Good bye 2019. Hello 2020. These interstitial weeks between an old year and a new year provide the perfect opportunity to examine ourselves and consider how we might do better.
In other words, it's resolution time.
I did some web-based research and learned that the most common resolutions are personal ones (weight loss, exercise, etc). But a fair amount of people make business or job related resolutions as well. Do you want to be more organized at work? More focused? Do you want to make sure you have the right job? Or do you just need to be more inspired?
If any of these questions sound like ones that you want to answer more definitively in 2020, and even set as goals, here's a short list of recent books that will help.
Tiny Habits by BJ Fogg
Here is the next big book on habits. BJ Fogg is the founder and director of the Stanford Behavior Design Lab, and he's here to help you design your behavior. If you are looking to become more organized, or to pick up (or drop) a habit in 2020, this book will give you the blueprint for doing it.
Maybe you already know what you want to do, but you keep getting distracted by... well, anything and everything. Nir Eyal lays out a four-step model for keeping your focus on what you want your focus kept on. This book will help you to set your goals, and to actually remember what they were six months from now.
Range: Why Generalists Triumph in a Specialized World by David J. Epstein
The subtitle is pretty self-explanatory: Epstein argues that—in a world of specialization—it is better to start off as a generalist who tries new things, fails sometimes, and eventually figures out his or her strengths. If you are resolved to make a job change in 2020, or just to try something new at work, this book will give you the piece of mind (and a real argument) for doing it.
Here's a great book for becoming a better version of yourself at work and at home. It's a thorough enough book to get its points across, but never gets bogged down. Essentially, it focuses on the Five Ps: Purpose, Process, People, Presence, and Peace. There's also good advice for self care and for not working just for working's sake.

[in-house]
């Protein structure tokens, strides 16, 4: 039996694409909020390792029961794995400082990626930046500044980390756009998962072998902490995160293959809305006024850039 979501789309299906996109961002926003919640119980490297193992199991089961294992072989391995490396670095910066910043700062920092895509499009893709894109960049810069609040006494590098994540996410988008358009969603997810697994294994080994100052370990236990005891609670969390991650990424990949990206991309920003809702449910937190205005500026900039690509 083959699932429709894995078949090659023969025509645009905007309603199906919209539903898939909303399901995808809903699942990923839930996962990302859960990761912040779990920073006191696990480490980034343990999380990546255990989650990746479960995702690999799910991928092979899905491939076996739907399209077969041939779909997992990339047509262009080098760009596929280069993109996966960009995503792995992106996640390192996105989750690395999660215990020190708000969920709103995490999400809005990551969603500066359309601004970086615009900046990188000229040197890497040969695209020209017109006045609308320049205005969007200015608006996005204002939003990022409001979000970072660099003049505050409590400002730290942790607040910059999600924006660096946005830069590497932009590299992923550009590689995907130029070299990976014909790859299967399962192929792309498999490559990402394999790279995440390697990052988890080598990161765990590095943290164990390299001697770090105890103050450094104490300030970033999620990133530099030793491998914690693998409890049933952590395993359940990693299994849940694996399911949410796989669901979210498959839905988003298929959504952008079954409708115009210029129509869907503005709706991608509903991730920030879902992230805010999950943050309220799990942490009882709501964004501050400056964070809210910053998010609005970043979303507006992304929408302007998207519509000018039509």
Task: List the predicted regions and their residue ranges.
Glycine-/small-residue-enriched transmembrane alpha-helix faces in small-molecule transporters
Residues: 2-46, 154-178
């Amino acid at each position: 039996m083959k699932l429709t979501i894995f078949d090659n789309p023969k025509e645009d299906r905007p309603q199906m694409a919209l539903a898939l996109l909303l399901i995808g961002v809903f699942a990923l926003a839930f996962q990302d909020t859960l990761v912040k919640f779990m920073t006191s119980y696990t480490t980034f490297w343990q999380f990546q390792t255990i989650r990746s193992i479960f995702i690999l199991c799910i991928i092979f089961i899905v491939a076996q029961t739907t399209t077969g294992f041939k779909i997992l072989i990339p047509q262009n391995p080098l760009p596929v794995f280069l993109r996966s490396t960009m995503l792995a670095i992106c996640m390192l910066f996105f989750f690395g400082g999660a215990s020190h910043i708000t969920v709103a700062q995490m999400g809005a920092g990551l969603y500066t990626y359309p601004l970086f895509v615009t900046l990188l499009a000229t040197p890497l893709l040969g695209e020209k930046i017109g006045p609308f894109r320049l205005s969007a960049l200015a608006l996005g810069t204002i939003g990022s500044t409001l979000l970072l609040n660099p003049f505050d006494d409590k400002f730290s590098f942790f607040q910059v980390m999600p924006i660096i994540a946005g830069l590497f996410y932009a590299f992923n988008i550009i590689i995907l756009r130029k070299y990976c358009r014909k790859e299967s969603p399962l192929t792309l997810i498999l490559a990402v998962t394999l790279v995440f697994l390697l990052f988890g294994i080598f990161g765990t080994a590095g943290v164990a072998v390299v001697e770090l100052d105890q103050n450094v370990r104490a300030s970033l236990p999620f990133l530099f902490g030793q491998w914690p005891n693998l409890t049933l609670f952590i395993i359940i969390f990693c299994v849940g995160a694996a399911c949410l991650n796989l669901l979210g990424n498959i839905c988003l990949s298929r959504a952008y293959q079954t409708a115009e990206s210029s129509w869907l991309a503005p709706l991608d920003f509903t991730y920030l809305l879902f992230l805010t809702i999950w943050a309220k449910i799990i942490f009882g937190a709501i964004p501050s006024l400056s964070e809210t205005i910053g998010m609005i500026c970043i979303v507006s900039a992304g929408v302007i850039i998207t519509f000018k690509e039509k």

Robert Iger took over Disney nearly fifteen years ago and really changed the culture. He added Pixar, Lucasfilm, Marvel, and 21st Century Fox to its portfolio, and the value of the company quintupled. If you are searching for resolution ideas, or just inspiration for the new year, Iger's leadership principles of optimism, courage, decisiveness, and fairness might shine a little light on your own potential path.
Successful Aging: A Neuroscientist Explores the Power and Potential of Our Lives by Daniel J. Levitin
Not everyone is at the beginning of their career. As many of us navigate into the new decade (maybe it's our fourth, fifth, or sixth decade), we've noticed that our boat is a little more creaky than it used to be. What does it mean, and where can we turn for advice? Daniel Levitin's book is about living your best life, no matter how old you are (although it might mean different things at different ages), and isn't that the ultimate goal of making resolutions?